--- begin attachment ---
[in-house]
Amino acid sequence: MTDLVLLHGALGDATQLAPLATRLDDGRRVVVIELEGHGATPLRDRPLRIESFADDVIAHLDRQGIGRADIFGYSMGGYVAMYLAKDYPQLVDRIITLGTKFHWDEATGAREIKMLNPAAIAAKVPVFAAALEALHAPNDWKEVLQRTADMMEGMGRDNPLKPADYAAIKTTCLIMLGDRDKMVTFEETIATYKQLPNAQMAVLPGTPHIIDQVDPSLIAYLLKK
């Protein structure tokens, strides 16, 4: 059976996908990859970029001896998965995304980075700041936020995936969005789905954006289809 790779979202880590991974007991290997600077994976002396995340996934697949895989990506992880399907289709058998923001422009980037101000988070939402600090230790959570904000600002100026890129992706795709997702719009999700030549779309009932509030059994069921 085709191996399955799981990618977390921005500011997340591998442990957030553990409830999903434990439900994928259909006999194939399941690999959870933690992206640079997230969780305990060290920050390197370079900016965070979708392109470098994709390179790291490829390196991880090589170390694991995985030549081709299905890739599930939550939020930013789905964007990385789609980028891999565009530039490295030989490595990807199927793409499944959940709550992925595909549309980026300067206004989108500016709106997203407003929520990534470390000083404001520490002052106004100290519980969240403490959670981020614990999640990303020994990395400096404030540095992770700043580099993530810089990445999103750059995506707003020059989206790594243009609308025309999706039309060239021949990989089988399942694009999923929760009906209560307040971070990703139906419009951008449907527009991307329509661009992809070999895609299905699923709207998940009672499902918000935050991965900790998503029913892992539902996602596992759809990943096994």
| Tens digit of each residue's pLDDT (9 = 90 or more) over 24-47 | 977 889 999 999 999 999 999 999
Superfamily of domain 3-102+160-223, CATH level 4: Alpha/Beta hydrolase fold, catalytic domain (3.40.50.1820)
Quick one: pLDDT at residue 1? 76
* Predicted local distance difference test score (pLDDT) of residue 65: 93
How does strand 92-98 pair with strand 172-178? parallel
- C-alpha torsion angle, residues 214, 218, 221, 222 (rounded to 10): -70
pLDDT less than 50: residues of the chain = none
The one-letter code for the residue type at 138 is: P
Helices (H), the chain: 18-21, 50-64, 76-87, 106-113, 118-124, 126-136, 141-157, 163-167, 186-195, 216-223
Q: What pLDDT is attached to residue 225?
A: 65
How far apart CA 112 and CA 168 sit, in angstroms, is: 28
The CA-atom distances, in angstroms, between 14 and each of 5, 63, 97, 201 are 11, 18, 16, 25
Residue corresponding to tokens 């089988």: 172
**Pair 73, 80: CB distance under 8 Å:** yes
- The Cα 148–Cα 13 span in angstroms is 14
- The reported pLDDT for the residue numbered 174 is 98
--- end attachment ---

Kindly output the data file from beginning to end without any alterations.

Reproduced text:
[in-house]
Amino acid sequence: MTDLVLLHGALGDATQLAPLATRLDDGRRVVVIELEGHGATPLRDRPLRIESFADDVIAHLDRQGIGRADIFGYSMGGYVAMYLAKDYPQLVDRIITLGTKFHWDEATGAREIKMLNPAAIAAKVPVFAAALEALHAPNDWKEVLQRTADMMEGMGRDNPLKPADYAAIKTTCLIMLGDRDKMVTFEETIATYKQLPNAQMAVLPGTPHIIDQVDPSLIAYLLKK
């Protein structure tokens, strides 16, 4: 059976996908990859970029001896998965995304980075700041936020995936969005789905954006289809 790779979202880590991974007991290997600077994976002396995340996934697949895989990506992880399907289709058998923001422009980037101000988070939402600090230790959570904000600002100026890129992706795709997702719009999700030549779309009932509030059994069921 085709191996399955799981990618977390921005500011997340591998442990957030553990409830999903434990439900994928259909006999194939399941690999959870933690992206640079997230969780305990060290920050390197370079900016965070979708392109470098994709390179790291490829390196991880090589170390694991995985030549081709299905890739599930939550939020930013789905964007990385789609980028891999565009530039490295030989490595990807199927793409499944959940709550992925595909549309980026300067206004989108500016709106997203407003929520990534470390000083404001520490002052106004100290519980969240403490959670981020614990999640990303020994990395400096404030540095992770700043580099993530810089990445999103750059995506707003020059989206790594243009609308025309999706039309060239021949990989089988399942694009999923929760009906209560307040971070990703139906419009951008449907527009991307329509661009992809070999895609299905699923709207998940009672499902918000935050991965900790998503029913892992539902996602596992759809990943096994």
| Tens digit of each residue's pLDDT (9 = 90 or more) over 24-47 | 977 889 999 999 999 999 999 999
Superfamily of domain 3-102+160-223, CATH level 4: Alpha/Beta hydrolase fold, catalytic domain (3.40.50.1820)
Quick one: pLDDT at residue 1? 76
* Predicted local distance difference test score (pLDDT) of residue 65: 93
How does strand 92-98 pair with strand 172-178? parallel
- C-alpha torsion angle, residues 214, 218, 221, 222 (rounded to 10): -70
pLDDT less than 50: residues of the chain = none
The one-letter code for the residue type at 138 is: P
Helices (H), the chain: 18-21, 50-64, 76-87, 106-113, 118-124, 126-136, 141-157, 163-167, 186-195, 216-223
Q: What pLDDT is attached to residue 225?
A: 65
How far apart CA 112 and CA 168 sit, in angstroms, is: 28
The CA-atom distances, in angstroms, between 14 and each of 5, 63, 97, 201 are 11, 18, 16, 25
Residue corresponding to tokens 């089988």: 172
**Pair 73, 80: CB distance under 8 Å:** yes
- The Cα 148–Cα 13 span in angstroms is 14
- The reported pLDDT for the residue numbered 174 is 98